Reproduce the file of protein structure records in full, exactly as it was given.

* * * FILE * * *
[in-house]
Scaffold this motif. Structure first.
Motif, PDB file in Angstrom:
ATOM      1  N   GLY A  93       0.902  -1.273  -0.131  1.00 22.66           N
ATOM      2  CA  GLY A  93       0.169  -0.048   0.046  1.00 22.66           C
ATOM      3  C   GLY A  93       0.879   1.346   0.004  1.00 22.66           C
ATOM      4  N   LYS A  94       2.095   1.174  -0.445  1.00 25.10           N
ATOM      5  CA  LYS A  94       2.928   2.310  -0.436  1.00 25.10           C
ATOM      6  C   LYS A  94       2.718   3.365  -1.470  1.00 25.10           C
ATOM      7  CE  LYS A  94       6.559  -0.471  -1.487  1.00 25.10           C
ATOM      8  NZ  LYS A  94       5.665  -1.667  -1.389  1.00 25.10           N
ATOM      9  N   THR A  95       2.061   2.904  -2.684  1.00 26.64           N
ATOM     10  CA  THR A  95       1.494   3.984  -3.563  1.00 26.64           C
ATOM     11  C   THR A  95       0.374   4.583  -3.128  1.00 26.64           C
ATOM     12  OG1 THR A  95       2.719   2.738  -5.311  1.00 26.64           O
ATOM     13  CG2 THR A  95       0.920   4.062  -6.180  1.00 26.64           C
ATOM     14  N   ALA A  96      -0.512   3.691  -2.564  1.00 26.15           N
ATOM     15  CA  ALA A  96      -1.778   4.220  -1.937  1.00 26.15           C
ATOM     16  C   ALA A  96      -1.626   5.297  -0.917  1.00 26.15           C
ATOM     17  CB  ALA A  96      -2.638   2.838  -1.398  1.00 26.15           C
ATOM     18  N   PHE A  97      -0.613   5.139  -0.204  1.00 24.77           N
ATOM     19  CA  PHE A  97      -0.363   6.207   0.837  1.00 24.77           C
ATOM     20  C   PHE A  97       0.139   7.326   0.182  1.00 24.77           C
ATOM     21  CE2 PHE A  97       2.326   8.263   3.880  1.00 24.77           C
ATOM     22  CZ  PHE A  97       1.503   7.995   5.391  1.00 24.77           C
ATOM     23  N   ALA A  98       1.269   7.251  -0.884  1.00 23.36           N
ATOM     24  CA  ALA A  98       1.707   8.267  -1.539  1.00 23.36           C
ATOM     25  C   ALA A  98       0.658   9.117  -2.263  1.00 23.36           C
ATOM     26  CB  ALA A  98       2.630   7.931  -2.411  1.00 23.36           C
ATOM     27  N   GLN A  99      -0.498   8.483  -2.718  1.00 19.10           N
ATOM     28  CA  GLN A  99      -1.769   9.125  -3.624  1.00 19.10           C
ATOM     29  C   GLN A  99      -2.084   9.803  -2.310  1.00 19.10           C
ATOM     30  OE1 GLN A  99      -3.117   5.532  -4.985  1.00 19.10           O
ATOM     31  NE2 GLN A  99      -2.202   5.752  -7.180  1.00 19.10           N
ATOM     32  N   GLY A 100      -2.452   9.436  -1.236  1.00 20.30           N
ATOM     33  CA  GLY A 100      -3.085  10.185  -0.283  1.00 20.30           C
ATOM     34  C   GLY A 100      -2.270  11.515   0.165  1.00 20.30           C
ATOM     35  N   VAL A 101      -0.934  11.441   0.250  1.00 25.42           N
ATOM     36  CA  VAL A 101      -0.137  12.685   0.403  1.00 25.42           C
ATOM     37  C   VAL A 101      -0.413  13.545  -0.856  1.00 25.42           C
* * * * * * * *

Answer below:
[in-house]
Scaffold this motif. Structure first.
Motif, PDB file in Angstrom:
ATOM      1  N   GLY A  93       0.902  -1.273  -0.131  1.00 22.66           N
ATOM      2  CA  GLY A  93       0.169  -0.048   0.046  1.00 22.66           C
ATOM      3  C   GLY A  93       0.879   1.346   0.004  1.00 22.66           C
ATOM      4  N   LYS A  94       2.095   1.174  -0.445  1.00 25.10           N
ATOM      5  CA  LYS A  94       2.928   2.310  -0.436  1.00 25.10           C
ATOM      6  C   LYS A  94       2.718   3.365  -1.470  1.00 25.10           C
ATOM      7  CE  LYS A  94       6.559  -0.471  -1.487  1.00 25.10           C
ATOM      8  NZ  LYS A  94       5.665  -1.667  -1.389  1.00 25.10           N
ATOM      9  N   THR A  95       2.061   2.904  -2.684  1.00 26.64           N
ATOM     10  CA  THR A  95       1.494   3.984  -3.563  1.00 26.64           C
ATOM     11  C   THR A  95       0.374   4.583  -3.128  1.00 26.64           C
ATOM     12  OG1 THR A  95       2.719   2.738  -5.311  1.00 26.64           O
ATOM     13  CG2 THR A  95       0.920   4.062  -6.180  1.00 26.64           C
ATOM     14  N   ALA A  96      -0.512   3.691  -2.564  1.00 26.15           N
ATOM     15  CA  ALA A  96      -1.778   4.220  -1.937  1.00 26.15           C
ATOM     16  C   ALA A  96      -1.626   5.297  -0.917  1.00 26.15           C
ATOM     17  CB  ALA A  96      -2.638   2.838  -1.398  1.00 26.15           C
ATOM     18  N   PHE A  97      -0.613   5.139  -0.204  1.00 24.77           N
ATOM     19  CA  PHE A  97      -0.363   6.207   0.837  1.00 24.77           C
ATOM     20  C   PHE A  97       0.139   7.326   0.182  1.00 24.77           C
ATOM     21  CE2 PHE A  97       2.326   8.263   3.880  1.00 24.77           C
ATOM     22  CZ  PHE A  97       1.503   7.995   5.391  1.00 24.77           C
ATOM     23  N   ALA A  98       1.269   7.251  -0.884  1.00 23.36           N
ATOM     24  CA  ALA A  98       1.707   8.267  -1.539  1.00 23.36           C
ATOM     25  C   ALA A  98       0.658   9.117  -2.263  1.00 23.36           C
ATOM     26  CB  ALA A  98       2.630   7.931  -2.411  1.00 23.36           C
ATOM     27  N   GLN A  99      -0.498   8.483  -2.718  1.00 19.10           N
ATOM     28  CA  GLN A  99      -1.769   9.125  -3.624  1.00 19.10           C
ATOM     29  C   GLN A  99      -2.084   9.803  -2.310  1.00 19.10           C
ATOM     30  OE1 GLN A  99      -3.117   5.532  -4.985  1.00 19.10           O
ATOM     31  NE2 GLN A  99      -2.202   5.752  -7.180  1.00 19.10           N
ATOM     32  N   GLY A 100      -2.452   9.436  -1.236  1.00 20.30           N
ATOM     33  CA  GLY A 100      -3.085  10.185  -0.283  1.00 20.30           C
ATOM     34  C   GLY A 100      -2.270  11.515   0.165  1.00 20.30           C
ATOM     35  N   VAL A 101      -0.934  11.441   0.250  1.00 25.42           N
ATOM     36  CA  VAL A 101      -0.137  12.685   0.403  1.00 25.42           C
ATOM     37  C   VAL A 101      -0.413  13.545  -0.856  1.00 25.42           C